The Sportsmatic automatic was introduced in 1961 by Seiko's Suwa division as a cheaper and more sporty alternative to the Seikomatic. As with the Seikomatic, the Sportsmatic was produced during most of the 60s in many variants and with different calibers including diver models, 5 Sports, Deluxe and the 820 calendar.
Inside the Seiko Sportsmatic is an interesting engine. The 6619 movement from Seiko is automatic, thus the “matic” in Sportsmatic, and features 21 jewels – or does it? Actually, the 6619 movement actually contains 18 working jewels and 3 placed there for no reason other than having 21 over the more common 17 must have seemed like a good idea!
It’s a rare step away from the typical no-nonsense efficiency shown by the Japanese brand. Otherwise, though, the 6619 movement, which was introduced in 1963 as the 410 prior to 4-digit naming conventions, is a great and reliable unit. It features Seiko’s magic lever design and that allows winding as the rotor spins in either direction. It’s because of this that the watch actually cannot be wound via the crown. It features a date function that is quick set by pushing the crown and a day function that must be manually set by laboriously winding through the days.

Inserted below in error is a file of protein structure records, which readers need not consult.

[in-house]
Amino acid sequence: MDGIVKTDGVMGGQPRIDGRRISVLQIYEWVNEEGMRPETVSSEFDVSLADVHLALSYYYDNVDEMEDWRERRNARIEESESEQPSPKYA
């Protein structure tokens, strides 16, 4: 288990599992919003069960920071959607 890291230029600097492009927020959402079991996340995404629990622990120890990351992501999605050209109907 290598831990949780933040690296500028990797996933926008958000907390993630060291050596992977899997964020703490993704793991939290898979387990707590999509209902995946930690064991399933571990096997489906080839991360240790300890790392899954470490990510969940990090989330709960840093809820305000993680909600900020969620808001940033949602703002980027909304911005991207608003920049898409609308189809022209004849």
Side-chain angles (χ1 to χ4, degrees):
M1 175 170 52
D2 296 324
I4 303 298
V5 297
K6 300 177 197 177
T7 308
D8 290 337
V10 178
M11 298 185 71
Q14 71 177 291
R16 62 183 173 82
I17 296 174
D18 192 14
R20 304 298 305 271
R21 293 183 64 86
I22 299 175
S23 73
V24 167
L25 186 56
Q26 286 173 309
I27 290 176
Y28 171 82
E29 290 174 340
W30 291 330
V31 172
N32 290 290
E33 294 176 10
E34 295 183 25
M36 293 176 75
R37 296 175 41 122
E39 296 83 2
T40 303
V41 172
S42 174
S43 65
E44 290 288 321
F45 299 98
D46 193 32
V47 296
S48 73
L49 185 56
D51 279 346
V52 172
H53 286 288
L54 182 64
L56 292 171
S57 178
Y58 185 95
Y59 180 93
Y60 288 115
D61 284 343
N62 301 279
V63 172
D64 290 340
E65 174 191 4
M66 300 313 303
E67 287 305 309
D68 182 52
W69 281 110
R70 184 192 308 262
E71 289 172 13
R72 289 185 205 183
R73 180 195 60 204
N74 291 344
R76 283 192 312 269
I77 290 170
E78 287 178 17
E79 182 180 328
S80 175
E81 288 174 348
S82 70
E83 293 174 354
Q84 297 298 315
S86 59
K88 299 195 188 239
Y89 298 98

It should be noted that even though this watch was usually considered to be one of the cheaper automatics from Seiko, all Seiko movements were produced entirely in house; the Sportsmatic 5 Sports for example was produced as part of the Seiko 5 line – featuring the 5 horological hallmarks: automatic, day/date, water resistance, recessed crown and durability. One can only assume that the Sportsmatic without the 5-logo is not worthy of this hallmark since it does not have a daydate window. Moreover what sets this 9070 model apart especially are the crosshairs, which give a very high legibility usually reserved for the better than average sporty watch in the product line-up.. In that light it makes sense to also have a contrasting date wheel, in combination with the single symbol Kanji day wheel it provides an excellent view of the daydate window. It should be noted as well that this watch is a true Japan only watch with just one langage on the day wheel! This means that at night, for a couple of hours only, the day will show a blank... it definitly adds to the charm of the sportsmatic.
Overall, the dial layout is very well balanced, in three places text elements have been distributed expertly. There are two lines of text top and bottom; the black and white 5 symbol is right below the top lines leading up to the black and white daydate window. Going down to the two bottom text lines we finally end up on the left with a single line that is, well, a line. Still, that lone line holds its own with the rest of the layout because it is the one that is not broken up by dial elements and points directly to the daydate window..
This Sportsmatic is just a very enjoyable sight and a great daily wear, as it was intended, for the active man about town.